Austin Community Foundation recently received a $1.2 million donation in the form of cryptocurrency.
The donor, who is remaining anonymous to the public, had gotten into cryptocurrency early on and saw the investment appreciate from a few dollars a unit to more than $230 a unit.
The donor decided to open a donor advised fund with Austin Community Foundation, which allows a donor to decide later how to allocate money to different nonprofit organizations while still getting the tax deduction for a donation and not paying capital gains taxes in this tax year.
Austin Community Foundation holds and processes money for many local nonprofit organizations, including Statesman Season for Caring, the American-Statesman’s holiday philanthropy campaign.
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Donations in the form of cryptocurrency are becoming more popular, and the foundation has created policy for them. Before this donation, the foundation had accepted two other cryptocurrency donations worth a total of $1,500.
“Austin really is a tech hub and a cryptocurrency hub,” said Cybil Guess, vice president of donor relations for Austin Community Foundation. “As the local community foundation, we felt like it was important to understand and build the capability to accept cryptocurrency if this is the type of wealth that exists in this community.”
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Donors using cryptocurrency tend to be younger, in the tech industry or cryptocurrency industry, or very tech savvy, Guess said. Austin Community Foundation accepts a variety of cryptocurrencies, including Bitcoin, Ehereum and Litecoin.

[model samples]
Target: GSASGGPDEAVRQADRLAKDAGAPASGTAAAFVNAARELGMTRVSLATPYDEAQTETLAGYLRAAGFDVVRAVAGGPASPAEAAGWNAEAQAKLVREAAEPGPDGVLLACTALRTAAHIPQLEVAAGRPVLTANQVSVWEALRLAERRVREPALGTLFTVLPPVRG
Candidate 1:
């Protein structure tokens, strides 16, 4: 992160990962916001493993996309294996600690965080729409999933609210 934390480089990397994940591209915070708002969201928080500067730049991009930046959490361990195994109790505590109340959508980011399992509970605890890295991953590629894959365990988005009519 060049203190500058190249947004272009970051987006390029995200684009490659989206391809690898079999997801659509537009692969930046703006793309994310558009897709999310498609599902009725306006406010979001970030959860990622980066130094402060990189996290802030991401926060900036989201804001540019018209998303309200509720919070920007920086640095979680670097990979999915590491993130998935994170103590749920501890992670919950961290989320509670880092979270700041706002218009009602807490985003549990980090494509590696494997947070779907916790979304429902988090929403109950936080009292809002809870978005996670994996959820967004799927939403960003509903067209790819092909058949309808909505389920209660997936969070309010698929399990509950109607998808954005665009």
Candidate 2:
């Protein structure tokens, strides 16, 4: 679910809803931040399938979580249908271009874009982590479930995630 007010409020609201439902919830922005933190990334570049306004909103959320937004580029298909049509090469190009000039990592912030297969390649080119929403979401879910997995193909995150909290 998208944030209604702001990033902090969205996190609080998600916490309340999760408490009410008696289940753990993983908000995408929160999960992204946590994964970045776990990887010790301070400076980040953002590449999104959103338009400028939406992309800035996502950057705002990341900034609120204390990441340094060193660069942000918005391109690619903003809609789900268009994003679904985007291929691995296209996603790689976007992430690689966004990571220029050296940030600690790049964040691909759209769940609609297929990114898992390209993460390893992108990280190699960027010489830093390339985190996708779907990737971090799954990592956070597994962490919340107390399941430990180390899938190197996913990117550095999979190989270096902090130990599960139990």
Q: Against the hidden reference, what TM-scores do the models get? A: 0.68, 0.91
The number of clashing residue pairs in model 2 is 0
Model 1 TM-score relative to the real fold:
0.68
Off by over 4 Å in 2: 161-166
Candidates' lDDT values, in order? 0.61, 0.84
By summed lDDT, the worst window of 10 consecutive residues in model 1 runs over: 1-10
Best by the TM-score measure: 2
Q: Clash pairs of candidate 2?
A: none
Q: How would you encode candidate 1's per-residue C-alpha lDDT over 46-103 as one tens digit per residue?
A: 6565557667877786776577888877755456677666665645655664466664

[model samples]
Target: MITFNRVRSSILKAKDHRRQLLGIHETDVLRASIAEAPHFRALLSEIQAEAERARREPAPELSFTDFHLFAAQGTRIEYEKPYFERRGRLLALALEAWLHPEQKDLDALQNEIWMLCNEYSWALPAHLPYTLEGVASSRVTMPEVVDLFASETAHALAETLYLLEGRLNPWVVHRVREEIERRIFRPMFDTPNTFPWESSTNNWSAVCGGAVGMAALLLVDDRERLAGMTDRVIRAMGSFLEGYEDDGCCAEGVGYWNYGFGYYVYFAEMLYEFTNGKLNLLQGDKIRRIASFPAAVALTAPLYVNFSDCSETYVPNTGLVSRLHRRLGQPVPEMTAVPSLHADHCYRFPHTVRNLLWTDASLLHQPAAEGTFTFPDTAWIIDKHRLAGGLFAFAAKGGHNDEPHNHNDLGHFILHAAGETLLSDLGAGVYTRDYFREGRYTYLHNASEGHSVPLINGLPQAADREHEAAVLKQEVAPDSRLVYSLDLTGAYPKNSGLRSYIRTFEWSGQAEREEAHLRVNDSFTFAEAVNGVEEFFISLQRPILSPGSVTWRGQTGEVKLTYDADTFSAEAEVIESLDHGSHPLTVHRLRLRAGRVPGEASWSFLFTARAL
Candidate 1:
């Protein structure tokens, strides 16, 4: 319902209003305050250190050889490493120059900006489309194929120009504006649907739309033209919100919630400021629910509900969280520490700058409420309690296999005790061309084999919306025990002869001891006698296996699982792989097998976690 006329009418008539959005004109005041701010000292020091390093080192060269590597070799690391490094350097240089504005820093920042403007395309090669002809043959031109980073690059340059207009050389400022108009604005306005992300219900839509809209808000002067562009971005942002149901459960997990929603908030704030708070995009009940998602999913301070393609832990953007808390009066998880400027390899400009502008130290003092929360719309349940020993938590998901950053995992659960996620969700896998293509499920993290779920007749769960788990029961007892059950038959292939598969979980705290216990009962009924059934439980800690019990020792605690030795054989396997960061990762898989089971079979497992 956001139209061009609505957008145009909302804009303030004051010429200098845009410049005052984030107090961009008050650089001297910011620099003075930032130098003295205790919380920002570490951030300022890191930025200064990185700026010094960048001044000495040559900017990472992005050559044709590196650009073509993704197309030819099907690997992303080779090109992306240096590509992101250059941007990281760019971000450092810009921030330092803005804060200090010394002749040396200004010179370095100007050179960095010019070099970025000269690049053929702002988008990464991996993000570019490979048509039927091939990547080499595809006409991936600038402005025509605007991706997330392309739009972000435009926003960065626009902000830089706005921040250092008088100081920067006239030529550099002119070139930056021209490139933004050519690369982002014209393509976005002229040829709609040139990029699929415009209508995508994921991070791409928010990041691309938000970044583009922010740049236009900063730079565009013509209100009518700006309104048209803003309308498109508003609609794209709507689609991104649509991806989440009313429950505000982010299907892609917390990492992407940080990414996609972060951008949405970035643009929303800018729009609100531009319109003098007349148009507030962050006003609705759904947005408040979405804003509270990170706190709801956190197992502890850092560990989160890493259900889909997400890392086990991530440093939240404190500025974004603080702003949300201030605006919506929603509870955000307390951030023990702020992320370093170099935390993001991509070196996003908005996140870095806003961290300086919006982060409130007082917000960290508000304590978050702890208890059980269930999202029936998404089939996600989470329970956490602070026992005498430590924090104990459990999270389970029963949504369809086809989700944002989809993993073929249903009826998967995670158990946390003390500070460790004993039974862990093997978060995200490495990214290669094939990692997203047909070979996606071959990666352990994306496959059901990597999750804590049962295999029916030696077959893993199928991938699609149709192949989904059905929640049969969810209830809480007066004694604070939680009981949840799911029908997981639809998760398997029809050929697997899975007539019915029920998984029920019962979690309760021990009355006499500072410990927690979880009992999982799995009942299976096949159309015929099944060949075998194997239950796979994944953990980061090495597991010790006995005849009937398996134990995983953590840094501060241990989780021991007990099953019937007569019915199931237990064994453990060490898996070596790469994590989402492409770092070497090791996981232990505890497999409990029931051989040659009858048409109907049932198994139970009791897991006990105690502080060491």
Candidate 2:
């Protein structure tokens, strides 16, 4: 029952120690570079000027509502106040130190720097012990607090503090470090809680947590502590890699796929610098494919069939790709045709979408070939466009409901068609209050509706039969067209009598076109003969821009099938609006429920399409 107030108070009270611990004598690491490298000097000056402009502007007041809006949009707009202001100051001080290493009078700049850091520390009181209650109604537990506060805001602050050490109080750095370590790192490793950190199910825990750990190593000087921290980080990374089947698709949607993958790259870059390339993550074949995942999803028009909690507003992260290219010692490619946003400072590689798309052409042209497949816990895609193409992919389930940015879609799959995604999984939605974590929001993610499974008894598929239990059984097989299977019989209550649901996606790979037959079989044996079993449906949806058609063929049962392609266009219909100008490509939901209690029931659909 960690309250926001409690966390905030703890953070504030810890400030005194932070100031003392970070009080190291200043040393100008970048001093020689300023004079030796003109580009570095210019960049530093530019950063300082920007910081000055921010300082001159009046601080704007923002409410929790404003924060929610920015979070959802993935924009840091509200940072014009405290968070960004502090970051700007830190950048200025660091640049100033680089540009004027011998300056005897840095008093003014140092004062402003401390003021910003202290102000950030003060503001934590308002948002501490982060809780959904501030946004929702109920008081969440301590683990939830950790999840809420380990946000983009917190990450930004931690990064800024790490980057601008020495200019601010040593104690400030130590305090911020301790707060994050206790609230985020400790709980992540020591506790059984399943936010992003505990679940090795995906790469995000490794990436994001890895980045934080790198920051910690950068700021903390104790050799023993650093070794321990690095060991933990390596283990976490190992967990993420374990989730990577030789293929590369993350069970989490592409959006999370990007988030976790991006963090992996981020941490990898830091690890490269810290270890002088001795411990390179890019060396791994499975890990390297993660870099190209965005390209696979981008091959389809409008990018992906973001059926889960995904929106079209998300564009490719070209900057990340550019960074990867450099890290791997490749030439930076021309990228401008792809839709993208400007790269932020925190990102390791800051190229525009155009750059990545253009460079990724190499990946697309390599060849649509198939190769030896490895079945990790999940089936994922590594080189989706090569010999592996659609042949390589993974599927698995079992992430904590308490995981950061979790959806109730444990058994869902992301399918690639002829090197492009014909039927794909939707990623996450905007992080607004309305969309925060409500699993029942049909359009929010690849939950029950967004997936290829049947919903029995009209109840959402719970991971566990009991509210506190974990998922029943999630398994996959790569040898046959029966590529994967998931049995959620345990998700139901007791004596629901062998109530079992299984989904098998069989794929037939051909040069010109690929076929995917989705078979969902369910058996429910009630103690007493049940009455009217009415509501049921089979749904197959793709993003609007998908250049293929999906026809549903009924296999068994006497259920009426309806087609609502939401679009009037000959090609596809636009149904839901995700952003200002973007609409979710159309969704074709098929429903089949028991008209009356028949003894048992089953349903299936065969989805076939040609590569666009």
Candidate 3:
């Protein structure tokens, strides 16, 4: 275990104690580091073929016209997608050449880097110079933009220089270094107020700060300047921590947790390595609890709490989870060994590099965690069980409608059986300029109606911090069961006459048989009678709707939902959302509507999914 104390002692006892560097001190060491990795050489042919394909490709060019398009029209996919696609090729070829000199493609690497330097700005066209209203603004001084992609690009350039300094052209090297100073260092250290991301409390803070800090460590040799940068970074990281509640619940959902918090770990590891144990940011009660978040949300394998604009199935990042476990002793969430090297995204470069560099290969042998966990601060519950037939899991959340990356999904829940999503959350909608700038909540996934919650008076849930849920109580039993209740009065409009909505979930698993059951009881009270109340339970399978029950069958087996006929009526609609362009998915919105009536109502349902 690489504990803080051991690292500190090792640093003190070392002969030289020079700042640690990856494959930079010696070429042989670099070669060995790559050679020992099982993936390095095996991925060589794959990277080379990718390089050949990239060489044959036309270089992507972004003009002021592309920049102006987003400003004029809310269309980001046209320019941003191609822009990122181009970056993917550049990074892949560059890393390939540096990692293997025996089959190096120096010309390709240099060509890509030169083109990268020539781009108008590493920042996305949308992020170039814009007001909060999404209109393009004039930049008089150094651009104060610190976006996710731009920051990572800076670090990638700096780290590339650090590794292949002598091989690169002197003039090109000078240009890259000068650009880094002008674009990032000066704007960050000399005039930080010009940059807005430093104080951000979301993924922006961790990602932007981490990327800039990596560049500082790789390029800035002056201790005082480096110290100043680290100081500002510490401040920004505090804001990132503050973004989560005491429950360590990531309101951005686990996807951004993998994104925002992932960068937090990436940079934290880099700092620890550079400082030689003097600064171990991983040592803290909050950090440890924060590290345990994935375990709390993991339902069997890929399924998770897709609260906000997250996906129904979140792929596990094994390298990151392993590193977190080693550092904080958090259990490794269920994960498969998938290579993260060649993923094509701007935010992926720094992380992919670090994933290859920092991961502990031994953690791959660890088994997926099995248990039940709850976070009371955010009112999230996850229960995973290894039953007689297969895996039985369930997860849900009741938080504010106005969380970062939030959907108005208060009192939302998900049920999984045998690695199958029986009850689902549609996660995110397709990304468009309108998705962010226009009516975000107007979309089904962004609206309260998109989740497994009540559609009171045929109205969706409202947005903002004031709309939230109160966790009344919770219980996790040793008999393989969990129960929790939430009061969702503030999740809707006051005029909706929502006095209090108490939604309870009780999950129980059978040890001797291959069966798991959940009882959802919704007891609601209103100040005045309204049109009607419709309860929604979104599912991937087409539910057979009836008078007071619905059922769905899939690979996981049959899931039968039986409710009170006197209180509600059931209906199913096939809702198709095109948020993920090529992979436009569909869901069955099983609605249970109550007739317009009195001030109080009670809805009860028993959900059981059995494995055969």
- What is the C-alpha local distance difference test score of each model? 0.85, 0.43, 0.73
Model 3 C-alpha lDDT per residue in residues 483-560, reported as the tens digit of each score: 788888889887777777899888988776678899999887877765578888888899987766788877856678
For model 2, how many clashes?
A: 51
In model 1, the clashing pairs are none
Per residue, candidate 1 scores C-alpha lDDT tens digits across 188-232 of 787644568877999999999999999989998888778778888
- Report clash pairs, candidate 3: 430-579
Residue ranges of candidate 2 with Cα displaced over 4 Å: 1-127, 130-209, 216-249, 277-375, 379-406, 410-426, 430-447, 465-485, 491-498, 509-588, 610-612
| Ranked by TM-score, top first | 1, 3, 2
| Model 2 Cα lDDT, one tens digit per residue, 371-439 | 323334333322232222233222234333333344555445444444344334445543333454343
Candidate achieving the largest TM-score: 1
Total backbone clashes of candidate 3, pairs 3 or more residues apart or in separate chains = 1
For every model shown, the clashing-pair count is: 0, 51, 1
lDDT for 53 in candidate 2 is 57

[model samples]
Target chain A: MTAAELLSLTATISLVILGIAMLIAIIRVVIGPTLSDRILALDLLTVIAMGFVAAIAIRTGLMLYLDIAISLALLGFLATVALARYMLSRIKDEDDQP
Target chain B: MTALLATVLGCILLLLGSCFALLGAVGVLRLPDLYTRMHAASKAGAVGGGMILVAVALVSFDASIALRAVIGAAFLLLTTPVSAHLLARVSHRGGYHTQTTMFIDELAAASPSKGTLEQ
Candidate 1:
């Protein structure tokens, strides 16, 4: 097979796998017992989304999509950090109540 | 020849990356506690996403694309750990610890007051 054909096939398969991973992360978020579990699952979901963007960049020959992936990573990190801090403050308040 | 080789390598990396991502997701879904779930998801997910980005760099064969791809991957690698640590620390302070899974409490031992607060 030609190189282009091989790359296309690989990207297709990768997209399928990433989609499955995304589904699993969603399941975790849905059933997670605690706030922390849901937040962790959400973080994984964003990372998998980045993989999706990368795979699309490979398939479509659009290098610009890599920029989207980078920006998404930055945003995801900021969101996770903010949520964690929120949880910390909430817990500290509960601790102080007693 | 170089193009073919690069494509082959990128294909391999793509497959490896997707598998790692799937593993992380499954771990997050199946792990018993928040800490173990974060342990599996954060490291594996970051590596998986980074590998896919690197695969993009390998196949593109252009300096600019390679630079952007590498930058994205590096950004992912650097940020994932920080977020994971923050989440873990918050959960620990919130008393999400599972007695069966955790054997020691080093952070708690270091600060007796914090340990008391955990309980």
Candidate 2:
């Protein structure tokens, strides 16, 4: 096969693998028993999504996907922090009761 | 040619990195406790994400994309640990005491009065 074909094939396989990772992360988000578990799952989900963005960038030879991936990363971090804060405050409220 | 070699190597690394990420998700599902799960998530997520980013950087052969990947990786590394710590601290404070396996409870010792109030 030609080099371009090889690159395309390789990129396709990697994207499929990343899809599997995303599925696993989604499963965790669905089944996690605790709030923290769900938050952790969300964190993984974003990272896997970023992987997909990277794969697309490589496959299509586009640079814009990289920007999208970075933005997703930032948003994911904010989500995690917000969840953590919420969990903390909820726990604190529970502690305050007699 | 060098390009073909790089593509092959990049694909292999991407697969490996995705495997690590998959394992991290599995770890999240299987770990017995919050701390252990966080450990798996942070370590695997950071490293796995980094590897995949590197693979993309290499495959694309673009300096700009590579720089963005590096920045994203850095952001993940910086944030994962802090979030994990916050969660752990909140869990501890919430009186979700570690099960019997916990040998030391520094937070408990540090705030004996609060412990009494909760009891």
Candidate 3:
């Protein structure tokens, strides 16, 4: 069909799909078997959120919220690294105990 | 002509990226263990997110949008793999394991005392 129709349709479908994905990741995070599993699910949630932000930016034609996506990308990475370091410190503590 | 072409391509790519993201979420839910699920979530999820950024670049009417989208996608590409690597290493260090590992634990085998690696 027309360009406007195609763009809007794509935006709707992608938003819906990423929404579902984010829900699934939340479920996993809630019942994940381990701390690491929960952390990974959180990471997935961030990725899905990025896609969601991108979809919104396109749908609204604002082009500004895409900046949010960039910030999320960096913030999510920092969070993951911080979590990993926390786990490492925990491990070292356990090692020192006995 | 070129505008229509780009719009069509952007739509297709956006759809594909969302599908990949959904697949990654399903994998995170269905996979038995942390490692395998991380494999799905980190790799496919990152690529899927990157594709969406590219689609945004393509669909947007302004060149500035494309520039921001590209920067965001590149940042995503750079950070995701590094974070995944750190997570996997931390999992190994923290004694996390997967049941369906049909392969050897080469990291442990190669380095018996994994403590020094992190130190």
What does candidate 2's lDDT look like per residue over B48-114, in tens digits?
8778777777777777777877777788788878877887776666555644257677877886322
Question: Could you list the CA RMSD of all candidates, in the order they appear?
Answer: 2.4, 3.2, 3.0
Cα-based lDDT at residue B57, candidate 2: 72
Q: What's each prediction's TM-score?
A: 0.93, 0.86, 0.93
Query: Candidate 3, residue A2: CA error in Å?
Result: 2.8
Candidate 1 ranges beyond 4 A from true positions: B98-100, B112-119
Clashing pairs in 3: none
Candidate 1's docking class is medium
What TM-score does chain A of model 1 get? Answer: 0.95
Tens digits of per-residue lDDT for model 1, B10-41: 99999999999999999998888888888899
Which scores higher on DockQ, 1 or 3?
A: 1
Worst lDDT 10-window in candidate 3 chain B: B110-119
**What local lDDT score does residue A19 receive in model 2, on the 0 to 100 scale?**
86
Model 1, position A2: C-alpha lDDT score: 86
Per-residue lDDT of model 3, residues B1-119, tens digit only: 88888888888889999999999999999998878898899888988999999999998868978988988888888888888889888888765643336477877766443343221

Not many local nonprofit organizations are set up to accept cryptocurrency, Guess said. It took Austin Community Foundation staff time to think through all the systems that needed to be in place to accept donations of cryptocurrency and what would happen to the cryptocurrency once it was accepted.
Austin Community Foundation does not allow the donor to be anonymous to the foundation, and it immediately turns the donation into cash by selling it through Giving Block, which specializes in selling cryptocurrency to turn it into a donation.
Guess thinks of accepting cryptocurrency as being similar to accepting stock and then selling it to turn it into a cash donation. Just like a stock, cryptocurrency’s value can fluctuate wildly.
The immediate liquidation of the currency into dollars helps protect the foundation from being stuck with crypto that it can’t liquidate or that loses value if this industry becomes more volatile.
“At this point, we don’t want to take that risk,” Guess said.
Cryptocurrency has a reputation for being dark money or a way for criminal activity to be conducted, but Guess said that’s outdated thinking. The foundation has put in steps, including knowing the donor, to try to prevent that. It’s just like accepting a cash donation, she said, in that you don’t know how that cash was previously used.
While Austin Community Foundation has accepted only a handful of cryptocurrency gifts, Guess said, it is in conversation with some other donors who want to give in this way.
Austin’s cryptocurrency landscape has been growing in recent years. This year Bitcoin mining company Blockcap moved its headquarters from Las Vegas to Austin. Bitcoin mining is the practice of competing to extract digital currency from the blockchain or document data transfers using high-powered, energy-hungry computers.
Bitcoin miners have been coming to Texas because it has has no income tax and relatively low energy prices — which is important because Bitcoin mining requires vast amounts of electricity — and a “don’t tread on me” self-sovereignty vibe that appeals to many bitcoin miners.
Freelance writer Omar L. Gallaga contributed to this report.